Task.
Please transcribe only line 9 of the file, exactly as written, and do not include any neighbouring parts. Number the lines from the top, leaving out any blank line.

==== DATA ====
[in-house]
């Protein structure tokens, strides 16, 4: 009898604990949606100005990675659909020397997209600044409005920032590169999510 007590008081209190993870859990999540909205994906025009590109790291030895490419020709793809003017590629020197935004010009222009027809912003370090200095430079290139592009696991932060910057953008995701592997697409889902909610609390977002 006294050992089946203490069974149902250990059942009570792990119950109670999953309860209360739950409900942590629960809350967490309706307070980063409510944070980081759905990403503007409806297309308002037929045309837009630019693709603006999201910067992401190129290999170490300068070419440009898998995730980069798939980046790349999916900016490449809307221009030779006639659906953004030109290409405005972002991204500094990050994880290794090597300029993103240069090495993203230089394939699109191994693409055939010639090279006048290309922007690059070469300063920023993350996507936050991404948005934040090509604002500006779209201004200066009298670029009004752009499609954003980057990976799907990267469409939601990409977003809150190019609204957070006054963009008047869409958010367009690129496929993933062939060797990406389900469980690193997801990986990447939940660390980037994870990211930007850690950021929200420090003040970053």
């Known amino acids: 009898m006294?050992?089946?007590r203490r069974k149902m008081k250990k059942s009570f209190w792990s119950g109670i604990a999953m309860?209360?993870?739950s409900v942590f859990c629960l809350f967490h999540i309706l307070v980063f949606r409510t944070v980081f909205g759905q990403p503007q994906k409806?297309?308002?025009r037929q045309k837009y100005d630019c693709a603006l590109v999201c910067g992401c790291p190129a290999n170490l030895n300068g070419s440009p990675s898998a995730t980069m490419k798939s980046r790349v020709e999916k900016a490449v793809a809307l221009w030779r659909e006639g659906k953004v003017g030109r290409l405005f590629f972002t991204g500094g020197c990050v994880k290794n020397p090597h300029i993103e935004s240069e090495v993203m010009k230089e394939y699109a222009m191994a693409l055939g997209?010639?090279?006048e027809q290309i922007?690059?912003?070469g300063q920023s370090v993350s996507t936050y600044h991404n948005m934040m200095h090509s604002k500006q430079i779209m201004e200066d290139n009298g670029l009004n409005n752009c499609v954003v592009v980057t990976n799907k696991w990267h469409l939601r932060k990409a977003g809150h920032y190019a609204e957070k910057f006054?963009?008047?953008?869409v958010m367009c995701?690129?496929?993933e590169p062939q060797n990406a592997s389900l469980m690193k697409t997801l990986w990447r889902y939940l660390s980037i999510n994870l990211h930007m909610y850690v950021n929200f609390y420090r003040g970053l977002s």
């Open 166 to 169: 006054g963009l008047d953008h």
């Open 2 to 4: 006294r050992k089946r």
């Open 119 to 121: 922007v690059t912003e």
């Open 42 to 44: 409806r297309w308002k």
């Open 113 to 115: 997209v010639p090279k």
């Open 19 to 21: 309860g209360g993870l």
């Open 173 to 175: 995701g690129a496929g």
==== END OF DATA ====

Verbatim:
């Open 19 to 21: 309860g209360g993870l």